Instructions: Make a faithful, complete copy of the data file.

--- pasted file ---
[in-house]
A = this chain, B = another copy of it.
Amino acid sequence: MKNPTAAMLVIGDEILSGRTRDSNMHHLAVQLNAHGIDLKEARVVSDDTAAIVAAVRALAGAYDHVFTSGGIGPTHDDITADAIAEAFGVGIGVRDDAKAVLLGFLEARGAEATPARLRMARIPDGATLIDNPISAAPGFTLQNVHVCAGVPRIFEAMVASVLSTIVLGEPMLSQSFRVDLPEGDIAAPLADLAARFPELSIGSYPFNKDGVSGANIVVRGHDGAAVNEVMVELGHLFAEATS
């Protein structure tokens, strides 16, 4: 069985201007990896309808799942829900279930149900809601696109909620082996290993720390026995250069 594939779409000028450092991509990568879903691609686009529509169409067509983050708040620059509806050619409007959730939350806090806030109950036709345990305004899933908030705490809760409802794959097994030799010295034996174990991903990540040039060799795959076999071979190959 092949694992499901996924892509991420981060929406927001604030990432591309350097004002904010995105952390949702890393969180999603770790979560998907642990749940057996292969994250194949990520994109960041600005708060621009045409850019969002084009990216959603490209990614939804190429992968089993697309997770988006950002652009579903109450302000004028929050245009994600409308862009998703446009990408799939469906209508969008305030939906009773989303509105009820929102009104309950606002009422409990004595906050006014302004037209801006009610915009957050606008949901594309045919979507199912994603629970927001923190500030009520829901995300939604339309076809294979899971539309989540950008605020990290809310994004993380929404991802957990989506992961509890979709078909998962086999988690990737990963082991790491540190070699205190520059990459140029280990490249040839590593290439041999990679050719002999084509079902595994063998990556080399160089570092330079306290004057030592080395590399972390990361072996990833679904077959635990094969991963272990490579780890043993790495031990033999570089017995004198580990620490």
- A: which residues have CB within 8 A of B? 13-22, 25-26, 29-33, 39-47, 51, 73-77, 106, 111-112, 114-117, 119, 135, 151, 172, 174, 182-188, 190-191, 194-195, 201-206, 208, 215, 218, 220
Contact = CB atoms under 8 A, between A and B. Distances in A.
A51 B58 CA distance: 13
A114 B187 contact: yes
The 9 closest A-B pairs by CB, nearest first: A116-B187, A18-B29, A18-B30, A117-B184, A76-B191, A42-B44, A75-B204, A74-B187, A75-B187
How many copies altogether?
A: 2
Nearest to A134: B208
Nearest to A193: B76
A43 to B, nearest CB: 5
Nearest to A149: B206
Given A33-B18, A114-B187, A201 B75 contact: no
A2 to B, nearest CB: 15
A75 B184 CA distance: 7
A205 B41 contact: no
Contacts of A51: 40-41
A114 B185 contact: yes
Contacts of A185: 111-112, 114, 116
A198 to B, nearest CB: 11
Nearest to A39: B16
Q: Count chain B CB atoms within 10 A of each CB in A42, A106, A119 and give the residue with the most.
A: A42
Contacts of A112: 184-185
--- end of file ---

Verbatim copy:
[in-house]
A = this chain, B = another copy of it.
Amino acid sequence: MKNPTAAMLVIGDEILSGRTRDSNMHHLAVQLNAHGIDLKEARVVSDDTAAIVAAVRALAGAYDHVFTSGGIGPTHDDITADAIAEAFGVGIGVRDDAKAVLLGFLEARGAEATPARLRMARIPDGATLIDNPISAAPGFTLQNVHVCAGVPRIFEAMVASVLSTIVLGEPMLSQSFRVDLPEGDIAAPLADLAARFPELSIGSYPFNKDGVSGANIVVRGHDGAAVNEVMVELGHLFAEATS
């Protein structure tokens, strides 16, 4: 069985201007990896309808799942829900279930149900809601696109909620082996290993720390026995250069 594939779409000028450092991509990568879903691609686009529509169409067509983050708040620059509806050619409007959730939350806090806030109950036709345990305004899933908030705490809760409802794959097994030799010295034996174990991903990540040039060799795959076999071979190959 092949694992499901996924892509991420981060929406927001604030990432591309350097004002904010995105952390949702890393969180999603770790979560998907642990749940057996292969994250194949990520994109960041600005708060621009045409850019969002084009990216959603490209990614939804190429992968089993697309997770988006950002652009579903109450302000004028929050245009994600409308862009998703446009990408799939469906209508969008305030939906009773989303509105009820929102009104309950606002009422409990004595906050006014302004037209801006009610915009957050606008949901594309045919979507199912994603629970927001923190500030009520829901995300939604339309076809294979899971539309989540950008605020990290809310994004993380929404991802957990989506992961509890979709078909998962086999988690990737990963082991790491540190070699205190520059990459140029280990490249040839590593290439041999990679050719002999084509079902595994063998990556080399160089570092330079306290004057030592080395590399972390990361072996990833679904077959635990094969991963272990490579780890043993790495031990033999570089017995004198580990620490």
- A: which residues have CB within 8 A of B? 13-22, 25-26, 29-33, 39-47, 51, 73-77, 106, 111-112, 114-117, 119, 135, 151, 172, 174, 182-188, 190-191, 194-195, 201-206, 208, 215, 218, 220
Contact = CB atoms under 8 A, between A and B. Distances in A.
A51 B58 CA distance: 13
A114 B187 contact: yes
The 9 closest A-B pairs by CB, nearest first: A116-B187, A18-B29, A18-B30, A117-B184, A76-B191, A42-B44, A75-B204, A74-B187, A75-B187
How many copies altogether?
A: 2
Nearest to A134: B208
Nearest to A193: B76
A43 to B, nearest CB: 5
Nearest to A149: B206
Given A33-B18, A114-B187, A201 B75 contact: no
A2 to B, nearest CB: 15
A75 B184 CA distance: 7
A205 B41 contact: no
Contacts of A51: 40-41
A114 B185 contact: yes
Contacts of A185: 111-112, 114, 116
A198 to B, nearest CB: 11
Nearest to A39: B16
Q: Count chain B CB atoms within 10 A of each CB in A42, A106, A119 and give the residue with the most.
A: A42
Contacts of A112: 184-185